More than two thirds of the respondents to last week’s cayCompass.com online poll think ganja possession should be decriminalised at least to some degree.
Of the 1,158 total respondents to the one-week poll, the largest segment – 437 people or 37.7 per cent – thought ganja should be decriminalised and its sale should be regulated and taxed.
“Personally, I believe if it has that high – no pun intended – of a demand, tax it,” said one person. “License a few growers, regulate sale, tax the sale. Make it legal, but a little difficult and regulated. I’ve never smoked anything at all in 35 years – not even once – but I’d be interested in growing and selling.”
“We’ve sold out for practically everything else, why not this, too?” commented someone else. “Tortuga and Blackbeard’s could add a new special Cayman gold recipe brownie.”
“Prohibition has never worked with anything,” said one respondent.
“By following proven models set by other countries, we would see a sudden drop in crime and an increase in young Caymanian entrepreneurs, not to mention an increase in tourism just like Amsterdam,” said someone else.
“Too many young people are losing their whole future [by being arrested] for a spliff,” said someone else.
The second largest segment of respondents – 292 people or 25.2 per cent – said ganja should be decriminalised for small amounts for personal use.
“It’s crazy to keep filling our prison with ganja smokers who just become more hardened criminals at Northward,” said one person.
“People are going to smoke ganja if it’s legal or not,” said someone else. “Instead of wasting the police time for busting someone for a spliff, charge that same person say $200 a year and let him grow a few trees for his personal use and allow him to carry say a couple grams on his person whenever he goes somewhere. Not to say he should smoke in public. Save that for when your at home or a friend’s place somewhere that is private property. Regulating its sale won’t work – it will still be cheaper to buy it illegally.”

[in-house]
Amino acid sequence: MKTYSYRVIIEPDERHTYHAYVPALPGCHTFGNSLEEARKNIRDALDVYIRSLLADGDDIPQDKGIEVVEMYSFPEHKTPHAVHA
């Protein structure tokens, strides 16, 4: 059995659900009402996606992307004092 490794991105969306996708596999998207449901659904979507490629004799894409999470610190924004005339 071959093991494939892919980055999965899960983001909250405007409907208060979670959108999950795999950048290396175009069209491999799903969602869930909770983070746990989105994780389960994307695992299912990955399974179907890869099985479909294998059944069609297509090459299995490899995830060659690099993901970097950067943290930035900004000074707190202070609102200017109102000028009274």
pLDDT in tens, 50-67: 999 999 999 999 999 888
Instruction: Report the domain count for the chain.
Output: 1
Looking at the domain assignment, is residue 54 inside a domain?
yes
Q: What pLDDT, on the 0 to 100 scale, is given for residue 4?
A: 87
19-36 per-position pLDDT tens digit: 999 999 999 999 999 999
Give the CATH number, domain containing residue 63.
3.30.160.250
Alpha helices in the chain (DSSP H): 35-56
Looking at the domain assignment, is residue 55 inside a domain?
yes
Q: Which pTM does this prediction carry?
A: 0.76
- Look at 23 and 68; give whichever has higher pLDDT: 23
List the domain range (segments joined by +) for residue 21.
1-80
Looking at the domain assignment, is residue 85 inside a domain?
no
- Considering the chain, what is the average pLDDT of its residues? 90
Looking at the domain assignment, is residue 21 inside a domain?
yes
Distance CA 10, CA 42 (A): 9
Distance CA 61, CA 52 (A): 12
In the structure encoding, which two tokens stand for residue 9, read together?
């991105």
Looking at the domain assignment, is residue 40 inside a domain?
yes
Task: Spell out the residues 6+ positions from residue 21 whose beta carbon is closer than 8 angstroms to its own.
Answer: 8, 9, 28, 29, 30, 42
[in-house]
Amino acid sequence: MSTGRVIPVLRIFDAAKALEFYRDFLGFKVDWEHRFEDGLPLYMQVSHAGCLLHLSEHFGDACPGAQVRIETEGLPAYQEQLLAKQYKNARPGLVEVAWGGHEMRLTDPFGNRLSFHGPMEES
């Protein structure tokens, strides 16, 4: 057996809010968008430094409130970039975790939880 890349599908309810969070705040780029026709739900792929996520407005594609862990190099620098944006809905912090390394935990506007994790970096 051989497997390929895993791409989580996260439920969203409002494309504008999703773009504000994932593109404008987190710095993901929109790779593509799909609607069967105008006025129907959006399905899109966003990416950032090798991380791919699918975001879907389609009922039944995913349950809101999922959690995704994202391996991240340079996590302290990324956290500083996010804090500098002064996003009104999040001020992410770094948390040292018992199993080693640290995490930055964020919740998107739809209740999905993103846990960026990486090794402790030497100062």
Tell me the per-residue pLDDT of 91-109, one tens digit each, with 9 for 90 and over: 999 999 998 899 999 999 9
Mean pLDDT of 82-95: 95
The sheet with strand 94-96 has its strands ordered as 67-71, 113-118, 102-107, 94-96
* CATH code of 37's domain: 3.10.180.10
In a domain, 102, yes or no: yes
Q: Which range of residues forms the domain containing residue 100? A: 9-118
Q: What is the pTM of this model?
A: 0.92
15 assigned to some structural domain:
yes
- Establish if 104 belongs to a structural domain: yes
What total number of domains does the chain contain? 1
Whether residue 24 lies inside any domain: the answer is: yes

“Maybe you guys should look into how Canada has its marijuana laws instead of branding us young Caymanians as useless and making jobs harder to find because of one little joint,” said another person.
“Scientific research has proven that regular marijuana consumption is not nearly as dangerous as has been presented by the governments,” wrote one person. “Actually it has been proven that it is beneficial against mental illness and other illnesses as well. In comparison to the damages caused by other drugs such as cocaine and alcohol, the few side effects of marijuana becomes bare minimal. The vast majority of users are not involved in other criminal behaviour.”
Another 61 people – 5.3 per cent – thought ganja should be decriminalised for medicinal purposes only, but none of those respondents left comments.
Not everyone was in favour of decriminalising ganja. A large segment of respondents – 253 people or 21.8 per cent – said “absolutely not to the question”.
“Alcohol is already costing us millions of dollars due to accidents and abuse,” said one person. “Ganja will lead to harder drugs being abused adding to the millions.”
“It’s just going to cause a lot more killing once it’s legal,” said someone else.
“Its stupid,” said another person. “The drug dealers spray the ganja with cocaine without people knowing and so causing them to become cocaine addicts. This then leads to random withdrawals and suicidal thoughts. People who smoke it are friends with the dealers. Everyone who is associated should be punished.”
Ninety-one people – 7.9 per cent – didn’t think ganja possession should be decriminalised, but they didn’t think it should be an imprisonable offence.
“Depending on whether there was an intent to sell – that should be custodial sentence,” said one person.
Twenty-four people – 2.1 per cent – responded ‘other’ to the question.
“It is already decriminalised,” said one person. “It is freely used in the prison. How much more decriminalised can you get than that?”
“Of course it should [be decriminalised],” said another person. “The plant itself has so many uses that it’s absolutely criminal that it’s illegal in the first place! Legalise it and watch the crime rate drop just like all of the other states/countries that have legalised it. Start using it for what it is intended – as a release, just like alcohol, in fact far less problematic than alcohol. Hemp T-shirts anyone?”
Next week’s poll question
Do you think 2013 will be a better financial year for you than 2012?
I don’t know